a seemingly random journey through cinema's heart of darkness. so to speak.

Tuesday, November 21, 2006

YouTubing-To-Obscure-Shameless-Self-Promotion Wednesdays: "Retirement? You're Talking About Death, Right?"

So, earlier today I was casually worrying about what I was going to post on my obligatory YouTube Wednesdays. Let's just say the site really needs the flood of Altman material that's doubtless en route.

I have no eulogy. You can throw a rock and you'll hit one, maybe even three. I won't even link to any, lest I pretend to single any out. I feel no need to try to coax words to explain why I will miss a filmmaker who was in my top tier, and whose Hands on a Hard Body movie I was eagerly anticipating, even if it had only been in pre-production. And I really can't conjure up words to explain what it's like to live in a world where there will be no new Robert Altman films.

That said, there are plenty of Altman films which even I haven't seen, and some which even you haven't seen. (I counted about 10, plus a whole fuckload of TV work, his The Caine Mutiny and McTeague adaptations among them.) I eagerly anticipate, for one, the well-belated reassessment of his '80s, play-adaptation-heavy period. Ditto his television days, before M*A*S*H.

I leave you with lists.

Upper Echelon
  • McCabe & Mrs. Miller (1971)
  • The Long Goodbye (1973)
  • California Split (1974)
  • 3 Women (1977)
  • Tanner '88 (1988)
  • Gosford Park (2001)

  • Images (1972)
  • A Perfect Couple (1979)
  • Popeye (1980)
  • Kansas City (1996)
  • The Gingerbread Man (1997)

    Ones I Most Desperately Need to See
  • Countdown (1968)
  • Brewster McCloud (1970)
  • Thieves Like Us (1974)
  • HealtH (1980)
  • Come Back to the Five and Dime, Jimmy Dean, Jimmy Dean (1982)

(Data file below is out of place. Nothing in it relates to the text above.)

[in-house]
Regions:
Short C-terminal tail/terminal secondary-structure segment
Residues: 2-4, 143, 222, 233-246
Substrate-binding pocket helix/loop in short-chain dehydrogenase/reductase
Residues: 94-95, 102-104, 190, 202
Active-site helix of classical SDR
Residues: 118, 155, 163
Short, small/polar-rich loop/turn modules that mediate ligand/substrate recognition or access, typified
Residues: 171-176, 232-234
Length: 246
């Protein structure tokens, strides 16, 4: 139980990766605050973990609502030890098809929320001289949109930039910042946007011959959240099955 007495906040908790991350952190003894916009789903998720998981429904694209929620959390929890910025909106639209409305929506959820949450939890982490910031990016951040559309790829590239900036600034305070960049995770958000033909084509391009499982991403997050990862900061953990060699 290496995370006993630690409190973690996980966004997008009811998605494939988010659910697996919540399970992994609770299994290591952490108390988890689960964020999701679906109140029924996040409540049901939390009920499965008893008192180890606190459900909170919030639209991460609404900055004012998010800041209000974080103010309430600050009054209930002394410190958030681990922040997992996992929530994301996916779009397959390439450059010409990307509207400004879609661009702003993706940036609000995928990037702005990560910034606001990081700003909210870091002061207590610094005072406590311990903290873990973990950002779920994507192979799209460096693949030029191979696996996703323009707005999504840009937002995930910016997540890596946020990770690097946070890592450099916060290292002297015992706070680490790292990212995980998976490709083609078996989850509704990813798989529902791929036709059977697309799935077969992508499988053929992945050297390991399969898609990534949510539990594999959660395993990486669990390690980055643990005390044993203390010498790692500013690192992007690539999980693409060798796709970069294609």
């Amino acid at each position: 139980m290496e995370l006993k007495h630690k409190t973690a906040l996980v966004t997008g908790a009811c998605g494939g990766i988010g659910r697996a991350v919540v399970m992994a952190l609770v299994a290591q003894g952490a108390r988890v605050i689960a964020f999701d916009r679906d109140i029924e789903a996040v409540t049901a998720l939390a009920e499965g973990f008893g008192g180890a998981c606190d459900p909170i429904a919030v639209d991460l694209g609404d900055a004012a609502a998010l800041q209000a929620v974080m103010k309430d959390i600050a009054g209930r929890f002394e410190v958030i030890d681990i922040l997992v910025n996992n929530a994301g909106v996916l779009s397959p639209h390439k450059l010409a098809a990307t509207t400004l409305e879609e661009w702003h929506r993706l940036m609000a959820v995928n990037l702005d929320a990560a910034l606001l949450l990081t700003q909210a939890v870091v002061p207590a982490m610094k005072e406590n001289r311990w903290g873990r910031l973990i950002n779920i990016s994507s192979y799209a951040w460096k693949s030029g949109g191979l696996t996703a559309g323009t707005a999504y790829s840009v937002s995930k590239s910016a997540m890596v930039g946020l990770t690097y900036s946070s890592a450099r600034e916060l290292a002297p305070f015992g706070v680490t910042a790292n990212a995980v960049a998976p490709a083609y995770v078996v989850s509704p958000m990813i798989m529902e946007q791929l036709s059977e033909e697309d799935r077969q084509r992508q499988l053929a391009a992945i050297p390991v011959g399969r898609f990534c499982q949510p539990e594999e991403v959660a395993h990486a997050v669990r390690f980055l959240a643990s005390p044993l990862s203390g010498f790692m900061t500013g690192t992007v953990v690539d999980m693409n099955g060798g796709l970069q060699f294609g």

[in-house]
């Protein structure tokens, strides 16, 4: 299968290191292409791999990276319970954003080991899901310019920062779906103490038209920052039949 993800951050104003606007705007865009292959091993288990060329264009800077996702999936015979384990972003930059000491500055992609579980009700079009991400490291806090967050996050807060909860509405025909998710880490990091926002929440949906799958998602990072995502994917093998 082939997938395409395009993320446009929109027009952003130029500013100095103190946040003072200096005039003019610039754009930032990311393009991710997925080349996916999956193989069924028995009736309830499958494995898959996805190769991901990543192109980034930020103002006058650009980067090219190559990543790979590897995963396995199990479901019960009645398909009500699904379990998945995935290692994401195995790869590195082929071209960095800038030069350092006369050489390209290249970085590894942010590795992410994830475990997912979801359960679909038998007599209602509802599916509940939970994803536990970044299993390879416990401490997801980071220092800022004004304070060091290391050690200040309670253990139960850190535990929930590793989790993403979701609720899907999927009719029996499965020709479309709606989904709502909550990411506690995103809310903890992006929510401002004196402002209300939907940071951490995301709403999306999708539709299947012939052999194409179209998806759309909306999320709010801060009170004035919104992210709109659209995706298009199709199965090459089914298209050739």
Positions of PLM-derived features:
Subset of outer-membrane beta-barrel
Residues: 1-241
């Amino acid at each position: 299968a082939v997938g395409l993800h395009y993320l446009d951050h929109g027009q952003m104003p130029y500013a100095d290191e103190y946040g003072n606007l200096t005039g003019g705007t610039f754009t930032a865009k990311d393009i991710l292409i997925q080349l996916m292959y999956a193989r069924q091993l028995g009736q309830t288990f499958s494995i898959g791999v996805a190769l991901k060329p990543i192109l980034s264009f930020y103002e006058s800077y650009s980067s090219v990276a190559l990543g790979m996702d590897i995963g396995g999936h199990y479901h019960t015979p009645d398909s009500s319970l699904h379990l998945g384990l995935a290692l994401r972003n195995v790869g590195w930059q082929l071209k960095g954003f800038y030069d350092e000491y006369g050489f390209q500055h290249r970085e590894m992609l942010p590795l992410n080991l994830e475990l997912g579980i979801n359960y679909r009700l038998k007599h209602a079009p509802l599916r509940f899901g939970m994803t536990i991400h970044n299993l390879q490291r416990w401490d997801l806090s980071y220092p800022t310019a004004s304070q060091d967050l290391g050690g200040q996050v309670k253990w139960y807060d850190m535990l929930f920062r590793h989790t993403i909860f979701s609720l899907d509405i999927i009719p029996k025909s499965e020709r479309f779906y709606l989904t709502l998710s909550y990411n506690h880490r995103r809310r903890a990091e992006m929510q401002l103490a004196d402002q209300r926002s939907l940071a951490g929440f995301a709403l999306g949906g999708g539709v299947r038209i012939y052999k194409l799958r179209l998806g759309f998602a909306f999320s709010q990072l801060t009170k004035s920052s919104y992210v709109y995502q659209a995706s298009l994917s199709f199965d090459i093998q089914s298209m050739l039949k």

• Vincent and Theo (1990)
  • Tanner on Tanner (2004)

    And because no Altman break-down would be complete without it:
  • Overrated or Just Not Very Good (Yet Well Worth Seeing, Natch)
  • Buffalo Bill and the Indians, or Sitting Bull's Lesson (1976) [but great visuals; squint hard and it's just as good as those from the same epoch]
  • Quintet (1979) [though something tells me this becomes a masterpiece on third or fourth viewing]
  • Streamers (1983) [so far the only Altman I flat-out just don't like]
  • Secret Honor (1984) [okay, not really, but it does has a chasmic gap between material and execution]
  • The Player (1992) [also not really, but I've always found the central conceit a little on the glib side]

    R.I.P., dude.

    And now, Le Weekly An actual film cover issue yields an article on the Greater Philadelphia Film Office and Sharon Pinkenson, its frizzy, golden-haired head. Meanwhile, a new, fancier spread for the film section debuts along with an interview section lorded over by moi; first out of the gate is an intervew with actual-Amerindie god Andrew Bujalski that I had to cut well, well down. (Forgive the name, by the by.) A review of his Mutual Appreciation follows. Ditto Rep.


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